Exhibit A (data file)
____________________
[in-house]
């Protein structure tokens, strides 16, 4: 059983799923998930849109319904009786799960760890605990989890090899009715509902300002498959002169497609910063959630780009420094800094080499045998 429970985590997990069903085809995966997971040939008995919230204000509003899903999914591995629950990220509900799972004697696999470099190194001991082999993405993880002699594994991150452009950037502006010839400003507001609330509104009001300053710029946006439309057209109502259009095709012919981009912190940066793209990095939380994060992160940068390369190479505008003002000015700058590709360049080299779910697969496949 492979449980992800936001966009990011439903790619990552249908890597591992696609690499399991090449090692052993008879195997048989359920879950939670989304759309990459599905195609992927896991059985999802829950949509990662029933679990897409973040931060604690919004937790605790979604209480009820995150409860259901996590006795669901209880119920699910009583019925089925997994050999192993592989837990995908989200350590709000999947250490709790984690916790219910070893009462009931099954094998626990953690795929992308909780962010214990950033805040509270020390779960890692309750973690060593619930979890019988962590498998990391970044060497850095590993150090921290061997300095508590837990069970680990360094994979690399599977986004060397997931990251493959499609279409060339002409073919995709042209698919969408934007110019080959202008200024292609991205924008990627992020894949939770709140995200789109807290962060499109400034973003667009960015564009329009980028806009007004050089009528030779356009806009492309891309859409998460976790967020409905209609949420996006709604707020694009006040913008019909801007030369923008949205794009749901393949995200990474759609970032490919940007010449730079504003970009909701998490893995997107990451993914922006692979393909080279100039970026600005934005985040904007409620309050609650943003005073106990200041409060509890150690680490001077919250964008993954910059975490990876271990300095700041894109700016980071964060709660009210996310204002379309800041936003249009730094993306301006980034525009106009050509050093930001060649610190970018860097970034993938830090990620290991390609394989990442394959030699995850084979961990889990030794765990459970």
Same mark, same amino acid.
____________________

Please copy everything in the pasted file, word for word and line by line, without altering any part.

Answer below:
[in-house]
């Protein structure tokens, strides 16, 4: 059983799923998930849109319904009786799960760890605990989890090899009715509902300002498959002169497609910063959630780009420094800094080499045998 429970985590997990069903085809995966997971040939008995919230204000509003899903999914591995629950990220509900799972004697696999470099190194001991082999993405993880002699594994991150452009950037502006010839400003507001609330509104009001300053710029946006439309057209109502259009095709012919981009912190940066793209990095939380994060992160940068390369190479505008003002000015700058590709360049080299779910697969496949 492979449980992800936001966009990011439903790619990552249908890597591992696609690499399991090449090692052993008879195997048989359920879950939670989304759309990459599905195609992927896991059985999802829950949509990662029933679990897409973040931060604690919004937790605790979604209480009820995150409860259901996590006795669901209880119920699910009583019925089925997994050999192993592989837990995908989200350590709000999947250490709790984690916790219910070893009462009931099954094998626990953690795929992308909780962010214990950033805040509270020390779960890692309750973690060593619930979890019988962590498998990391970044060497850095590993150090921290061997300095508590837990069970680990360094994979690399599977986004060397997931990251493959499609279409060339002409073919995709042209698919969408934007110019080959202008200024292609991205924008990627992020894949939770709140995200789109807290962060499109400034973003667009960015564009329009980028806009007004050089009528030779356009806009492309891309859409998460976790967020409905209609949420996006709604707020694009006040913008019909801007030369923008949205794009749901393949995200990474759609970032490919940007010449730079504003970009909701998490893995997107990451993914922006692979393909080279100039970026600005934005985040904007409620309050609650943003005073106990200041409060509890150690680490001077919250964008993954910059975490990876271990300095700041894109700016980071964060709660009210996310204002379309800041936003249009730094993306301006980034525009106009050509050093930001060649610190970018860097970034993938830090990620290991390609394989990442394959030699995850084979961990889990030794765990459970």
Same mark, same amino acid.